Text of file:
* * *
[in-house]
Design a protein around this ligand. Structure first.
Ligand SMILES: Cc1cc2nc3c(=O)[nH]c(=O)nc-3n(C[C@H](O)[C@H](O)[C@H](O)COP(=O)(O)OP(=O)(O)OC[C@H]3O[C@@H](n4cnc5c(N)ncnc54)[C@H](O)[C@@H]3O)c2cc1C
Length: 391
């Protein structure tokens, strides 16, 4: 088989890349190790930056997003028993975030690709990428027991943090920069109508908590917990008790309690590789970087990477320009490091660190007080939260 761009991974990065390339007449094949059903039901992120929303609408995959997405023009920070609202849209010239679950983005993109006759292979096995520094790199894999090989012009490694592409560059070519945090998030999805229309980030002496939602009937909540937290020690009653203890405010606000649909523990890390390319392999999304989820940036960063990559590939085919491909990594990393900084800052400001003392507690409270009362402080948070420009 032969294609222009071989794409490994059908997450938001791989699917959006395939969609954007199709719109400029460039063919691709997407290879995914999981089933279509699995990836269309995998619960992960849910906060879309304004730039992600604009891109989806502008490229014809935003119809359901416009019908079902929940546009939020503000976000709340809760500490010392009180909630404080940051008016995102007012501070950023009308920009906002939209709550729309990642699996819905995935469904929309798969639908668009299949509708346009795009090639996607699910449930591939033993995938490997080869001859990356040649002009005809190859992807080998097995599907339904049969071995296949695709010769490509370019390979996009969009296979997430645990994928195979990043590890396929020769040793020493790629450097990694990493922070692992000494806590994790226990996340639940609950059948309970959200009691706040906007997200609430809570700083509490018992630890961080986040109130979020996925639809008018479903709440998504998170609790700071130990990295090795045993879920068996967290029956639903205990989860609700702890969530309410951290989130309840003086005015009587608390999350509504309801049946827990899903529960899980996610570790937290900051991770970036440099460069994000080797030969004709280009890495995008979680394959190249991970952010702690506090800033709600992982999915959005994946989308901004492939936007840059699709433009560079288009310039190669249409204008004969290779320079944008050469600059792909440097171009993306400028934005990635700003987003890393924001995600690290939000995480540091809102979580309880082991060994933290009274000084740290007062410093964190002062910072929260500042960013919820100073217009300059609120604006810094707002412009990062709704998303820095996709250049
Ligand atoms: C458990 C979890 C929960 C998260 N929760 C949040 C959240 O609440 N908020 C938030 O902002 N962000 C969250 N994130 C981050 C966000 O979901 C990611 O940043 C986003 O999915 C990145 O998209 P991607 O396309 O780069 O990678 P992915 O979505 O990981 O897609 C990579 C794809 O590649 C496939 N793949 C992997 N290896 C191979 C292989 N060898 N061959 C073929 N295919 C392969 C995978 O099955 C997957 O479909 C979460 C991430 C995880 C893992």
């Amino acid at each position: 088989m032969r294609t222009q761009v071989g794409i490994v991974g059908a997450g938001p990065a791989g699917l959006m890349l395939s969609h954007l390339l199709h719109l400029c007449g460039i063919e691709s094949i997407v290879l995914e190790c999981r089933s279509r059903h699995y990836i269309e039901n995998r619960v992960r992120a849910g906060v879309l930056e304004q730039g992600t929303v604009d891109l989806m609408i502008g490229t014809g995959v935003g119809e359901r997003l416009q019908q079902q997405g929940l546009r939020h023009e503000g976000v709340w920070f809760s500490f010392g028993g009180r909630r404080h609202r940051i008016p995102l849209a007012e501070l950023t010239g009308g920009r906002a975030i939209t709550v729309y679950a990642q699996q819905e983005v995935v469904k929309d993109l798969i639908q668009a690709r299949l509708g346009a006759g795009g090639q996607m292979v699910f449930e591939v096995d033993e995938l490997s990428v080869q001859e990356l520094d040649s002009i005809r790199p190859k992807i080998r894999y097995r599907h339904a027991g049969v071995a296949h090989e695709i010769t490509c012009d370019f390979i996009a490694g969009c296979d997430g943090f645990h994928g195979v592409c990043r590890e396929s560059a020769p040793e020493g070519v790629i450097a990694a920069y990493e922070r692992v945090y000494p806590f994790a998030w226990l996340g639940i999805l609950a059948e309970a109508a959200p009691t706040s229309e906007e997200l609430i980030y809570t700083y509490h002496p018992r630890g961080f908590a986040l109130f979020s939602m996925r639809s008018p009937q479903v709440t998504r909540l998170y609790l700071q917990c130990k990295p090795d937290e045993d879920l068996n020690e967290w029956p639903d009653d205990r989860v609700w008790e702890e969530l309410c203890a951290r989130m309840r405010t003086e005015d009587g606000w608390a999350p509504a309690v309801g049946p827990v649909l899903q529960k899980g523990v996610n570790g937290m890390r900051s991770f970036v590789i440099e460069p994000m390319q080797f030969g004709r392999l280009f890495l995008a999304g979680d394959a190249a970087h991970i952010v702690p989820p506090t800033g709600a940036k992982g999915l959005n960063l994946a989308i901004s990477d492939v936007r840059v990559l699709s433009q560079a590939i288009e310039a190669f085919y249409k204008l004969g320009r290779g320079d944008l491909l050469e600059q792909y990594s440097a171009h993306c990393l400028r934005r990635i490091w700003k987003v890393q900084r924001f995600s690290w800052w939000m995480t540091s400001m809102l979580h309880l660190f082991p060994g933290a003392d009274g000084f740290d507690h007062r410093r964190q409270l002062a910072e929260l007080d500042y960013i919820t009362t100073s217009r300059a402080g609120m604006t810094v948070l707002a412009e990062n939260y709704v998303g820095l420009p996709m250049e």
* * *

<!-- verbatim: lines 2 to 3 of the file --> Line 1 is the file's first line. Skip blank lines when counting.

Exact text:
Design a protein around this ligand. Structure first.
Ligand SMILES: Cc1cc2nc3c(=O)[nH]c(=O)nc-3n(C[C@H](O)[C@H](O)[C@H](O)COP(=O)(O)OP(=O)(O)OC[C@H]3O[C@@H](n4cnc5c(N)ncnc54)[C@H](O)[C@@H]3O)c2cc1C